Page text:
Hi everybody! Here’s the first installment in the “Healthier Ingredients” series. So excited to be sharing this good info with you. People ask me all the time about gluten-free recipes. I am still somewhat in the development stage of really feeling comfortable with my GF cooking. One thing I have been doing for quite a while, though, is making my own flours. True, some are easier to make than others, but, for the most part, homemade flours are pretty simple. Plus, it is decidedly less expensive than buying flour in the store. A win-win! So let’s get started……
Making Flour in the Food Processor
You will be grinding the ingredients in one way or another. In general, the larger or harder bulk ingredients should be ground–or at least started off–in a food processor using the “s” blade. These include: oats and any other large, hard nuts (i.e almonds and walnuts). I don’t advise you to try grinding your own chickpea flour, as chickpeas are REALLY hard and can eventually break the blade. Here’s what you do:
Put the ingredients in the food processor. Grind until a fine meal is made.
That’s it! You have your flour! Easy, no? Here are a few points to ponder:
- Oat flour: a little harder to get to a fine consistency than nuts. I have tried using the food processor and the coffee grinder. The pieces just don’t grind after a certain point. So if you want really powdery oat flour, you might want to think of buying it. If a bit of a bulkier consistency is ok with you, then this flour will do you just fine! Remember to use Gluten Free oats if you specifically want gluten free flour. Otherwise, any oats will do. I like the quick 1-minute oats because they are a little smaller to begin with and take less time.
- Nut flours: You can make wonderful nut flours in the food processor. When you grind almonds, the natural oils are released. If you keep grinding, you will eventually get nut butter! You won’t get to that point because you have to get much farther in the process and it becomes obvious when the flour starts to change over. However, at a certain point in the grinding process, the meal starts getting a little oilier than you want for flour. You will see that the meal looks stickier. My advice in order to avoid this is to stop grinding when the consistency becomes fine. It only takes about 2 minutes to get to that point. It may be trial and error for you in the beginning, but you will quickly get the hang of it. Promise!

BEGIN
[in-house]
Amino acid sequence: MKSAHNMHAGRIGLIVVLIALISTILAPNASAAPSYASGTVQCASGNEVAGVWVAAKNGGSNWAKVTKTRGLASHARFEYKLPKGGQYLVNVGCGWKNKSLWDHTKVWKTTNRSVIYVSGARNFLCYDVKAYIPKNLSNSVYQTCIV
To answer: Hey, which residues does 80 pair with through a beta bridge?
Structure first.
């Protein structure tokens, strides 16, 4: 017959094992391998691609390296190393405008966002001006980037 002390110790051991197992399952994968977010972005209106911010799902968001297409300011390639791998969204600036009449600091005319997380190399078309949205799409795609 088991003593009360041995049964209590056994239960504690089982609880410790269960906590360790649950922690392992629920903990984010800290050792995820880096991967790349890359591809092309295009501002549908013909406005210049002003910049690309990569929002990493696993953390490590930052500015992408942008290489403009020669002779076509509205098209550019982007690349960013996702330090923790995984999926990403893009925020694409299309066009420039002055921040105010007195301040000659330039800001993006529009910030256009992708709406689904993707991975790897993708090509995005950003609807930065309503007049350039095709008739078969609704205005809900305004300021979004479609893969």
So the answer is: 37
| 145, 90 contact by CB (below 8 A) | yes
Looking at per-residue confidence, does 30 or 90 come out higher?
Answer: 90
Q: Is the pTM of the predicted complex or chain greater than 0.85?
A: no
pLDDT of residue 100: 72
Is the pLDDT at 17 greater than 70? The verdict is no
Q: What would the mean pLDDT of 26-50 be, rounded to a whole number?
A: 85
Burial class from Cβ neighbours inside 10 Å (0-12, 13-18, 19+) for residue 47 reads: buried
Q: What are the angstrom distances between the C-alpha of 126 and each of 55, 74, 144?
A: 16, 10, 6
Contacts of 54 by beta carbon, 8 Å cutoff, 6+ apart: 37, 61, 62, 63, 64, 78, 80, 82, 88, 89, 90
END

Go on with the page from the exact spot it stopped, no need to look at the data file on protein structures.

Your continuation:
Making Flour in the Coffee Grinder
Some materials are too small to put in the food processor. These include seeds, like sunflower seeds, and smaller grains, like quinoa and rice. You can easily make those flours by using a coffee grinder. True, the process is a little more tedious because you have to make the flour in batches if you want a large amount. However, it’s really worth it in the end. Plus, the coffee grinder makes into a beautiful, very fine flour. In fact, sometimes if my nut flours are not cooperating and I am finding chunks in the mix, I just give it a whirl in the coffee grinder and viola! That takes care of that!
So here’s what you do:
Put the bulk ingredients in the grinder up to the maximum point. Grind until the ingredients become a fine powder. You may need to lift the top open and check that there are not any stray seeds or grains and that every thing has ground up. Sometimes it takes a few pulses, but eventually everything gets wonderfully powdery.
Some helpful hints:
- Quinoa flour: when making quinoa flour, be SURE to rinse the quinoa very well first. Quinoa is coated with saponins, which tastes very bitter. Just stick the quinoa in a strainer and rinse thoroughly. Be sure you let the quinoa dry before you want to make flour or it won’t grind. Once the quinoa dries, you can proceed as described above.
- Rice flour: if you want to make rice flour, the rice does not need to be cooked first. Just grind the grains raw. Rice has a harder texture than than quinoa and seeds. It will take more checking and grinding, but you will come out with a lovely, fine flour if you are patient.
One more thing: storage. It’s important to store your flours in a cold place. Nuts can turn rancid if you don’t use them right away. I usually store my homemade flours in the freezer. I use either a plastic freezer bag (labled!) or container. The flours won’t freeze; they will retain their powdery form. Storing them in the freezer works beautifully and they keep for months.
Well there you have it! Homemade, less expensive, easy, beautiful flour! If you try it at home, please leave a comment and let me know how it goes!!! If you make other kinds of flours, share that with us, too!